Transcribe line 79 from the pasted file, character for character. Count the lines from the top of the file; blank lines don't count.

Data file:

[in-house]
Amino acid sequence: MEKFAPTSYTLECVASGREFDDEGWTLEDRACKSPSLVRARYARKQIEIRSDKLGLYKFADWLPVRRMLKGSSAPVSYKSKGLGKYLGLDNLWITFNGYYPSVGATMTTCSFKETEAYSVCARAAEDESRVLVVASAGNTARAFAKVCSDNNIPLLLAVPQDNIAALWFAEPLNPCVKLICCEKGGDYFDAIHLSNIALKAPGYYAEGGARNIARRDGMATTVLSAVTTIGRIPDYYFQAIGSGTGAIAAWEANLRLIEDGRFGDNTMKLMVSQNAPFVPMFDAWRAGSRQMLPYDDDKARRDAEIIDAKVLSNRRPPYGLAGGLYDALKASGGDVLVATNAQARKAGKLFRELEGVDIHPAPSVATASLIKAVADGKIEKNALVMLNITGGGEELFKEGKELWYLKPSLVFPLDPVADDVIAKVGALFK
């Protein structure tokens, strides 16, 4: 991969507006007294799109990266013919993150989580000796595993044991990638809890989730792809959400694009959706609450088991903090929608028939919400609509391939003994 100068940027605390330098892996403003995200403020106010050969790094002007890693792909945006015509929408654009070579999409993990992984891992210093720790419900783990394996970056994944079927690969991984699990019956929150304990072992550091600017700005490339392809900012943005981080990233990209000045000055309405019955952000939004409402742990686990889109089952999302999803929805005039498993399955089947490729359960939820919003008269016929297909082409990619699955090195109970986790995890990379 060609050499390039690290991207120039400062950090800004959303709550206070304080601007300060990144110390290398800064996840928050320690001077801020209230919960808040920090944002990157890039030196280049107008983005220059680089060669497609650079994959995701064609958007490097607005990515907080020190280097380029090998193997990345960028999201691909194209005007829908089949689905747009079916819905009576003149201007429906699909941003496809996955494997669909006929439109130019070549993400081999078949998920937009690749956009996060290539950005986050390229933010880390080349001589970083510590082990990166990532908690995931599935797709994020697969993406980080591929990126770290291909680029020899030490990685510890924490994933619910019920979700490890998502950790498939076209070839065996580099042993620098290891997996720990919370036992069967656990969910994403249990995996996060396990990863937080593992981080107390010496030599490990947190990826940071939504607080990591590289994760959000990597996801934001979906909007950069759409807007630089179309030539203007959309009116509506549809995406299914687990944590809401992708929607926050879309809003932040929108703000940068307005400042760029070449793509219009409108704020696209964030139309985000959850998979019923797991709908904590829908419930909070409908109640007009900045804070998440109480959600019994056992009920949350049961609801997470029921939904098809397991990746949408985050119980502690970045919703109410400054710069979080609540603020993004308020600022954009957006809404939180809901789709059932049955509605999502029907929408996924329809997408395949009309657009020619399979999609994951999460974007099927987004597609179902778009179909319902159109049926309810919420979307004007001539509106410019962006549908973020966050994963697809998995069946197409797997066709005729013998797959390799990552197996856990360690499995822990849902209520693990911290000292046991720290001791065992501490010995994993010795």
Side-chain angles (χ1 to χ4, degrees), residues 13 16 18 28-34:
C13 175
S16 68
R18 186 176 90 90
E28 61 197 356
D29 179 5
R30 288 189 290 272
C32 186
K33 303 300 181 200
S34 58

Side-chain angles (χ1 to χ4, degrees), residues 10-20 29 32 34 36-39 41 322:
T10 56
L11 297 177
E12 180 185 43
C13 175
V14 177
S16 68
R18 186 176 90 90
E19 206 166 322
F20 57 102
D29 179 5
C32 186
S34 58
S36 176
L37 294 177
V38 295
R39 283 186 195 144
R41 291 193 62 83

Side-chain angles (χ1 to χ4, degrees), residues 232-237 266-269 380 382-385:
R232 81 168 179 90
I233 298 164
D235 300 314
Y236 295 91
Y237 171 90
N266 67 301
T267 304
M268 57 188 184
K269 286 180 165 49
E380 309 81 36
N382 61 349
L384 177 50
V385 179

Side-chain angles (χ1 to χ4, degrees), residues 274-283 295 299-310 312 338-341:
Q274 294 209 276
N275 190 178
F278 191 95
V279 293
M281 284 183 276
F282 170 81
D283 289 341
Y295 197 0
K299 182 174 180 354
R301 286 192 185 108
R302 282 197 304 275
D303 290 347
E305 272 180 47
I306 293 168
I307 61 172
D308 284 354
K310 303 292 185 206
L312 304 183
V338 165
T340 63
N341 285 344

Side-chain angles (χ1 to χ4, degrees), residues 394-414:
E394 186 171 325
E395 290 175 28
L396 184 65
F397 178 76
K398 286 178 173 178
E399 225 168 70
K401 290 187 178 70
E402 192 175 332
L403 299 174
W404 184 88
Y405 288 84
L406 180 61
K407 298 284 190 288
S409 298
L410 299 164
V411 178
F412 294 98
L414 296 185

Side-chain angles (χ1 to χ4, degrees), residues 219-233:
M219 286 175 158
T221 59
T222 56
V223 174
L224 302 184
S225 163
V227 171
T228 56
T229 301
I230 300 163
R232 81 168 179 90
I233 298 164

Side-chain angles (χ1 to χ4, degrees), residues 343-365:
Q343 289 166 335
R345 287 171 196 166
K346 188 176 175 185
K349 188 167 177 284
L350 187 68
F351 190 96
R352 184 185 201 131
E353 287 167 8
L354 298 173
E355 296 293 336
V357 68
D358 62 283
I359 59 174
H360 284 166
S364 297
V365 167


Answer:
Y405 288 84